Emily Wild Presented at American Chemical Society Spring 2022 Conference

Emily Wild, Princeton University Library’s (PUL) chemistry, geosciences and environmental studies librarian, presented her poster session on “Library instruction for asymmetric organocatalysis publications” at the American Chemical Society’s (ACS) Spring 2022 virtual conference in March 2022.

The presentation, which was attended by international chemistry librarians and information professionals, was part of the invited poster Sci-Mixer event and during the technical poster session titled “Chemical Information Across the Chemistry Enterprise.”

Wild’s poster summarized the information provided during research consultations from October 2021 to March 2022 for the topic of asymmetric organocatalysis, related to David MacMillian’s Nobel in Chemistry awarded on October 6, 2021. The poster gave an overview of catalysis, importance of critical minerals and metals in catalysis, and the PUL chemistry collections, as well as open access and freely available information, for asymmetric organocatalysis research for various educational experiences.  

Additionally, Wild presented her project “Citation analysis for open-access content in theses and dissertations” as part of the oral technical session “The Ethics and Equity of Open.” This project gives an overview of the chemistry senior theses, graduate dissertations, and the industry partnerships with Princeton Forrestal Center. In it, she detailed how academia and industry partners can access chemistry open access publications and embargoed citations for senior theses and dissertations and how the materials are used in research.

“Access and availability of chemistry citations and publications contrast the access and availability of geosciences citations and publications in senior theses and dissertations,” Wild said. “The most useful bibliographic databases with freely available full-text access for literature reviews used in most geosciences research projects are openly available from world geological surveys and geosciences societies, such as geological surveys in the United States (USGS), Quebec (MERN), France (BRGM) and Germany (BGR), and geosciences societies like the American Geophysical Union (AGU) and European Geosciences Union (EGU), where a summary of all open access publications by geosciences societies are summarized by the American Geosciences Institute (AGI).

“Other resources include the non-profit database provider GeoScienceWorld (and its map based search OpenGeoSci), as well as open citation search platform of geosciences research AAPG Datapages,” she explained. In contrast, core resources for literature reviews in chemistry research are SciFinder-N and Reaxys, both of which are completely behind paywalls,” Wild explained. “I have been very excited to read the recent contributions from chemistry colleagues that are summarizing the issues of access for students we worry about as chemistry librarians and information professionals, such as “CAS Common Chemistry in 2021: Expanding Access to Trusted Chemical Information for the Scientific Community” and “The Open Reaction Database,” she added.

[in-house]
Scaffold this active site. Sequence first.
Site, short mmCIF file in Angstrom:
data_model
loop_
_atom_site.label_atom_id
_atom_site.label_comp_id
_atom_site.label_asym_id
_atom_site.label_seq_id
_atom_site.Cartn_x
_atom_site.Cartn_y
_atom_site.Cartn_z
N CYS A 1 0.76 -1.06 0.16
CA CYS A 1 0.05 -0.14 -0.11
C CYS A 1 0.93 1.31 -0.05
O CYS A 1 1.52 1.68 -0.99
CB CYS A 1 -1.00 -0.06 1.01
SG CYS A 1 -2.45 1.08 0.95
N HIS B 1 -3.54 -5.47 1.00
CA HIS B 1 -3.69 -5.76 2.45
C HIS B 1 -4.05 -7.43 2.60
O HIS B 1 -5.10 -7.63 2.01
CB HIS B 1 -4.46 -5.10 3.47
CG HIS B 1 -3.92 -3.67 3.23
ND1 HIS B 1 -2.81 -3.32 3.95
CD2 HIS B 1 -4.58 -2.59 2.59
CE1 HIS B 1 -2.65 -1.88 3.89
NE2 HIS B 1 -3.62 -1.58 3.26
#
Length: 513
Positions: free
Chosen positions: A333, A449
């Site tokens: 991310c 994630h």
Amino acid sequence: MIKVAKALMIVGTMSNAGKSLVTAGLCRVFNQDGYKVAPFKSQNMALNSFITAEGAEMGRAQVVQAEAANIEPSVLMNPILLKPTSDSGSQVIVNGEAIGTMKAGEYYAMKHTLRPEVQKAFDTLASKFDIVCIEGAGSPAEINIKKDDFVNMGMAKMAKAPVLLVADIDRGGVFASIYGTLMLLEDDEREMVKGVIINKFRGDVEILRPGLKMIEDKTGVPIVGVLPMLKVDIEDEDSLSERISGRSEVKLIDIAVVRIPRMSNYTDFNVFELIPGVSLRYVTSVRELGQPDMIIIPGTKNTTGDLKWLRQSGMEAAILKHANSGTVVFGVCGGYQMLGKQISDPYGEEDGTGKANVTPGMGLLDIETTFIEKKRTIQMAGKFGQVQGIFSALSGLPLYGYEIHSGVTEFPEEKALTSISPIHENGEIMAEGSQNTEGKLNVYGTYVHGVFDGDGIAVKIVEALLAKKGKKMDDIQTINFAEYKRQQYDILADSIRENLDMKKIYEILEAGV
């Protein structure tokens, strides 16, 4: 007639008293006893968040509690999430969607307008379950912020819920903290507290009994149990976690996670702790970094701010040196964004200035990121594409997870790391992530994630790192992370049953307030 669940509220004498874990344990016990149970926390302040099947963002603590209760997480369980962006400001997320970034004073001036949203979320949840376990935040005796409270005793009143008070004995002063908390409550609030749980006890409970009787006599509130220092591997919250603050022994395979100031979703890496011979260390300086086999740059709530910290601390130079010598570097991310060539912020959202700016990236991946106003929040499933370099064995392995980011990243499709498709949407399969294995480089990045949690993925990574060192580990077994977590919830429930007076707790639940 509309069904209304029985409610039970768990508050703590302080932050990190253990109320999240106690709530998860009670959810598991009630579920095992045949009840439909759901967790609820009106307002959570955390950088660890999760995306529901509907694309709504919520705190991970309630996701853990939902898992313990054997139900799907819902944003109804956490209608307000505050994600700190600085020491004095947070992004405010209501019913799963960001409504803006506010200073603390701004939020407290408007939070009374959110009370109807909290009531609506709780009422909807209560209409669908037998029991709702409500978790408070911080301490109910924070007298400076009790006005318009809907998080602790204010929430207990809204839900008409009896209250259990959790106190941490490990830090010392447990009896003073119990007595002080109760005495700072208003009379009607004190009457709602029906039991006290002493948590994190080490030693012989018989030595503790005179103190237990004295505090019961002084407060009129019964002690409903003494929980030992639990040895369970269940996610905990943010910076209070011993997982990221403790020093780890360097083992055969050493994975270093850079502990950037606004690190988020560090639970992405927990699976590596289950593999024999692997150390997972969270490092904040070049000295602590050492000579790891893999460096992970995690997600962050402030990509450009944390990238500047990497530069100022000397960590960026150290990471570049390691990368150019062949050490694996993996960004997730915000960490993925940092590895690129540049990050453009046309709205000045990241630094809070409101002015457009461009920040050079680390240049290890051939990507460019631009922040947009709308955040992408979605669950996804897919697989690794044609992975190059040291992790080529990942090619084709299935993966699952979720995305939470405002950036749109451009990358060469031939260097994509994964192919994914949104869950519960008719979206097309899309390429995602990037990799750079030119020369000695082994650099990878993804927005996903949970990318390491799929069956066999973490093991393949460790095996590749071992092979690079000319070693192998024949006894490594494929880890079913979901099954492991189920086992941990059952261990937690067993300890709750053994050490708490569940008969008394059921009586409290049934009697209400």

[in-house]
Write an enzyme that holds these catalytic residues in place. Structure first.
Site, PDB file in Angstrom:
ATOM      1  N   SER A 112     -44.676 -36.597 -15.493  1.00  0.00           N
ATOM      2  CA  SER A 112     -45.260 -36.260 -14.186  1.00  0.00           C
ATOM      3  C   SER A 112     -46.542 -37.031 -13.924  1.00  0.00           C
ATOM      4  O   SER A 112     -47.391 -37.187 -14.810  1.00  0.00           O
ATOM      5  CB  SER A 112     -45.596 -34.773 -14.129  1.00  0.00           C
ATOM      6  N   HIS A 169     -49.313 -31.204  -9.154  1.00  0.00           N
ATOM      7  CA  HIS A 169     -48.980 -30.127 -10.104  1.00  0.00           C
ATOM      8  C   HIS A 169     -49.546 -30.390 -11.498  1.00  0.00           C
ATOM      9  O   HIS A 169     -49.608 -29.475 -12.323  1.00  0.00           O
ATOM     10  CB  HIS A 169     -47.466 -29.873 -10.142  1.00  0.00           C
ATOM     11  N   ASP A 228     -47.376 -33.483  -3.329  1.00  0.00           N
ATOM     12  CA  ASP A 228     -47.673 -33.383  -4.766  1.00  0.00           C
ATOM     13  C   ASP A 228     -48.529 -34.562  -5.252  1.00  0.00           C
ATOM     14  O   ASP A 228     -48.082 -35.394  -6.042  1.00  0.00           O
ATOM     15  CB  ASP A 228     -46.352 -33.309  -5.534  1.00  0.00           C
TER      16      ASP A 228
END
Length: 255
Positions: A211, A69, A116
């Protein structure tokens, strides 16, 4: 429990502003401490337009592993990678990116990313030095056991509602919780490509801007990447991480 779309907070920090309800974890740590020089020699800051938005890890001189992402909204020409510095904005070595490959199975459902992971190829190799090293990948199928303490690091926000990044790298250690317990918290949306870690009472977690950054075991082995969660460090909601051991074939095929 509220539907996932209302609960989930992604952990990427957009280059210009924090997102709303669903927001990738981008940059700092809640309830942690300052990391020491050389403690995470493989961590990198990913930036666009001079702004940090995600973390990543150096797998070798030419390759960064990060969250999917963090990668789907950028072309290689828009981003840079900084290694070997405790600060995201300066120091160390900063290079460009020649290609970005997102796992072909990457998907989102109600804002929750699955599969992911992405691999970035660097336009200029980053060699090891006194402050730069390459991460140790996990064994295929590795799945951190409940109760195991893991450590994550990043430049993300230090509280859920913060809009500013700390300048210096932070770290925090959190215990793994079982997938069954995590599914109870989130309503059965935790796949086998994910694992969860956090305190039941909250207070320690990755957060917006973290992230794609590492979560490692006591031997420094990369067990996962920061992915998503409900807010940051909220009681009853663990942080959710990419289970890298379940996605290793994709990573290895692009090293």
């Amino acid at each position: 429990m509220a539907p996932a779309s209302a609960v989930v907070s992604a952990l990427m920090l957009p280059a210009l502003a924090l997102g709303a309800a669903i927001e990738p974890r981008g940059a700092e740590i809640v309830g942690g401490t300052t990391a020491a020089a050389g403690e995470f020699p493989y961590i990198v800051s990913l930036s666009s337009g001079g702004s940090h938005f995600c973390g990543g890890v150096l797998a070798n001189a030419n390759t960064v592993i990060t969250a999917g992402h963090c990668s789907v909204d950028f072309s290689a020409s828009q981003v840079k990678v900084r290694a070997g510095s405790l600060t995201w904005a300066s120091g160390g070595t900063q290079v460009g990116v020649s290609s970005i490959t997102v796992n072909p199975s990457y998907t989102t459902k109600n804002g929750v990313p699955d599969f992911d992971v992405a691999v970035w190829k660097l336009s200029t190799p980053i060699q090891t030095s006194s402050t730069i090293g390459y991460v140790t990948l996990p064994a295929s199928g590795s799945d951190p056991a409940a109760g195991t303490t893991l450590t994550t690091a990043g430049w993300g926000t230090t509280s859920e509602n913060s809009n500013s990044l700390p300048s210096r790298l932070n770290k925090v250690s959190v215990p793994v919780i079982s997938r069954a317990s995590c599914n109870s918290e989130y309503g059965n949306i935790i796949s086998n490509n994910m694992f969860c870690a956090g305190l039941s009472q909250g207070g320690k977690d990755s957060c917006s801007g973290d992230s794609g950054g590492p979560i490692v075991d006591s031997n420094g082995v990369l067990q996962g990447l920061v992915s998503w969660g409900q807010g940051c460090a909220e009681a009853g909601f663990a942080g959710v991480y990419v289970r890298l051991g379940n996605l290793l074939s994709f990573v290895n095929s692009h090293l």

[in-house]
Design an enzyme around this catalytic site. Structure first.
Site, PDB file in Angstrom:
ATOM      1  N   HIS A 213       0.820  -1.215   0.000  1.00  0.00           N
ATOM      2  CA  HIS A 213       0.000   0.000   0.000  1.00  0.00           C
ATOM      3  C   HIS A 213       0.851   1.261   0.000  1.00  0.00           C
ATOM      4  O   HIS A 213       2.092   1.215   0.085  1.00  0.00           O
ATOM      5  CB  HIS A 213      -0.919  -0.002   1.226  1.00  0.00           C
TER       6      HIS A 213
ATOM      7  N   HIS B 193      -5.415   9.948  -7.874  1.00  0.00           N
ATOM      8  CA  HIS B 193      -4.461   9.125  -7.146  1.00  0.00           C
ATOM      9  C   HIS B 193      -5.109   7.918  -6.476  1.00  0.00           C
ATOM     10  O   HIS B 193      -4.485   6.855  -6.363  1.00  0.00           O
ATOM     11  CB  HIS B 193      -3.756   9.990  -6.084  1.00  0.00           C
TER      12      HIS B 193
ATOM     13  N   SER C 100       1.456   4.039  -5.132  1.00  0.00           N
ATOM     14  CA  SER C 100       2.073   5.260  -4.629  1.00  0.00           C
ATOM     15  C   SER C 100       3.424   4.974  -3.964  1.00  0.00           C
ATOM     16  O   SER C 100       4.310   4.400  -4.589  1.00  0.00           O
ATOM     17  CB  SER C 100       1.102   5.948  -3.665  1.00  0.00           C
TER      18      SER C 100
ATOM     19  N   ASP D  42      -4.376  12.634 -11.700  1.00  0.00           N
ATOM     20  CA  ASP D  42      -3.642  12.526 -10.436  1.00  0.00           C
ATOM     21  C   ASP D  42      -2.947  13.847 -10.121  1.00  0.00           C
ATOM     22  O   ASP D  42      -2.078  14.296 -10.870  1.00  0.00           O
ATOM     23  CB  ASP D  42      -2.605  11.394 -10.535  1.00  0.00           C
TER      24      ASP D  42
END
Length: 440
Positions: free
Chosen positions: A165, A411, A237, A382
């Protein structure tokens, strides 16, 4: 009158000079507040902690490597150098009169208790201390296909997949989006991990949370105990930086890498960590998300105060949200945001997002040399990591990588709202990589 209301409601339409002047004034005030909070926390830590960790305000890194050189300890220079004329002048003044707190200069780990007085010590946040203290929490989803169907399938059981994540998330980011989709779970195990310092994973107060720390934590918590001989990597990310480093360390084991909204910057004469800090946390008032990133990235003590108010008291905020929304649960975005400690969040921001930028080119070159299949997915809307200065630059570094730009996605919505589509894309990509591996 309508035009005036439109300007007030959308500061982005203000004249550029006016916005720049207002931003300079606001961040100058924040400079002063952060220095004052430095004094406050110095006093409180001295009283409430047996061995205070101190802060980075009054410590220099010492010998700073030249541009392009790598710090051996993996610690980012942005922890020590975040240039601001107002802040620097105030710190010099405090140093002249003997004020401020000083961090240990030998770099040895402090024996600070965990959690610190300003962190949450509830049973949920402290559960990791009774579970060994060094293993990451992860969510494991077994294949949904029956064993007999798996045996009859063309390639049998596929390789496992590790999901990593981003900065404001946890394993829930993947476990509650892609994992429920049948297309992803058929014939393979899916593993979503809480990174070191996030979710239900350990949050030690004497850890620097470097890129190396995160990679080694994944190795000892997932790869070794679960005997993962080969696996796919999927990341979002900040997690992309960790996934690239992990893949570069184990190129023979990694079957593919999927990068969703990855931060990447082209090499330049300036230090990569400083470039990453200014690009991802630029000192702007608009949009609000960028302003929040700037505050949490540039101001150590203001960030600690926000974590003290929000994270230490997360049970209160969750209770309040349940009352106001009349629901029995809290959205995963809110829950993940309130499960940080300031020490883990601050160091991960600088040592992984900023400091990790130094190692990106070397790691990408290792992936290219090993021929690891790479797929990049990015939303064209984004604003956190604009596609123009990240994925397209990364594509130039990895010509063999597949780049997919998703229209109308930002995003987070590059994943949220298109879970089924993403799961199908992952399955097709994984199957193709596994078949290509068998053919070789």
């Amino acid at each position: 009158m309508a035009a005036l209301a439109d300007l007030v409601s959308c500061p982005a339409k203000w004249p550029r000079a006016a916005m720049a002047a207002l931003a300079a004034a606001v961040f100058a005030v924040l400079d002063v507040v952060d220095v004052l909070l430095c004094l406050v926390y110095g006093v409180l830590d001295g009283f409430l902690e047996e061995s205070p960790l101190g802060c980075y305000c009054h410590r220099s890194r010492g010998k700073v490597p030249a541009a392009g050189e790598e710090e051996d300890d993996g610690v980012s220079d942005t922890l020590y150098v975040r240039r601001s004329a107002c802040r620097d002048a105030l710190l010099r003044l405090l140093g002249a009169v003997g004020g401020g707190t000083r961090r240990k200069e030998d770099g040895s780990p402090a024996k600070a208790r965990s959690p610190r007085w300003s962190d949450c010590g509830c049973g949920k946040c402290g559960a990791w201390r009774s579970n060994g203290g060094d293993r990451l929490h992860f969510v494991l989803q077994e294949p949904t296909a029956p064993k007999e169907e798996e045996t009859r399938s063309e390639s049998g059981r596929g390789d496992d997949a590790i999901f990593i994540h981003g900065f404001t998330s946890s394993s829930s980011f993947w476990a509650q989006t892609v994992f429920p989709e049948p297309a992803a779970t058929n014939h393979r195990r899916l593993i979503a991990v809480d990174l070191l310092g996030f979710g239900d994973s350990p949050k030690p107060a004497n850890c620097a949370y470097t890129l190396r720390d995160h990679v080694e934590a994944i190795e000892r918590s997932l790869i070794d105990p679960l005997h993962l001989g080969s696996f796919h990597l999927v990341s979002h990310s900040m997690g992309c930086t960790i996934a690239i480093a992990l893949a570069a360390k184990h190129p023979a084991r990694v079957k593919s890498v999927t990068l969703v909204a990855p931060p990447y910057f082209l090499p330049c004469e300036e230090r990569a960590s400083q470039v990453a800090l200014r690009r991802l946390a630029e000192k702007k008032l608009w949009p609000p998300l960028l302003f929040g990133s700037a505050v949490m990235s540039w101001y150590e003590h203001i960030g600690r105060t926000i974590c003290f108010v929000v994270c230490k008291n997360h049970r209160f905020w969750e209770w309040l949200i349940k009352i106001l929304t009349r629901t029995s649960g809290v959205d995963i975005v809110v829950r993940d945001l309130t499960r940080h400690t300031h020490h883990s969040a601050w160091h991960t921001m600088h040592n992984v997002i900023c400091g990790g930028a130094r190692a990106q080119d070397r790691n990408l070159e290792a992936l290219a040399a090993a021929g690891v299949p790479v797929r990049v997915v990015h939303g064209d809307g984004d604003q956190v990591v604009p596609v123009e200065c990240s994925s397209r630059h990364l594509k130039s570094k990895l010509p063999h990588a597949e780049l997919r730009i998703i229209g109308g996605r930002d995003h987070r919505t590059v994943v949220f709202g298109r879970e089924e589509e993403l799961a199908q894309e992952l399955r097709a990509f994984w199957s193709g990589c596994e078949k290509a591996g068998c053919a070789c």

After interesting scholarly discussions at the ACS Spring 2022 conference, Wild was recommended to present a subject comparison of citation availability in senior theses and dissertations from the Department of Chemistry to the Department of Geosciences at the upcoming Division of Chemical Information (CINF) session at the ACS Fall 2022 conference (August 2022), as this comparison perspective is unique and of curiosity within the CINF information professionals group. She will virtually be presenting “Analysis of citation access in chemistry and geosciences theses” on August 23, 2022 and “Online access to geochemistry bibliographic citations” on August 21, 2022 and August 22, 2022 as part of the CINF sessions at the ACS Fall 2022 conference.       

Since 1998, Wild has been writing and presenting about cost-free access to geosciences data, tables, figures and citations. She has summarized freely accessible geosciences citations and publications in “Online Bibliographic Sources in Hydrology,”Bibliography on the Occurrence and Intrusion of Saltwater in Aquifers along the Atlantic Coast of the United States,” 

 “On-line access to geoscience bibliographic citations,” Society News in August 2012 issue of Elements and “Introduction to Finding and Accessing Bibliographic Information” in “Review and Interpretation of Previous Work and New Data on the Hydrogeology of the Schwartzwalder Uranium Mine and Vicinity, Jefferson County, Colorado.” She has been providing instructional webinars online since 2012, which are summarized in her Libguide

Wild said, “I look forward to working with visiting chemists this summer as part of the Department of Chemistry student and faculty programs, to understand additional issues of access at their institutions and how we can all work together to provide easily accessible information for chemistry students and researchers.”

Published on July 15, 2022

Media Contact: Barbara Valenza, Director of Library Communications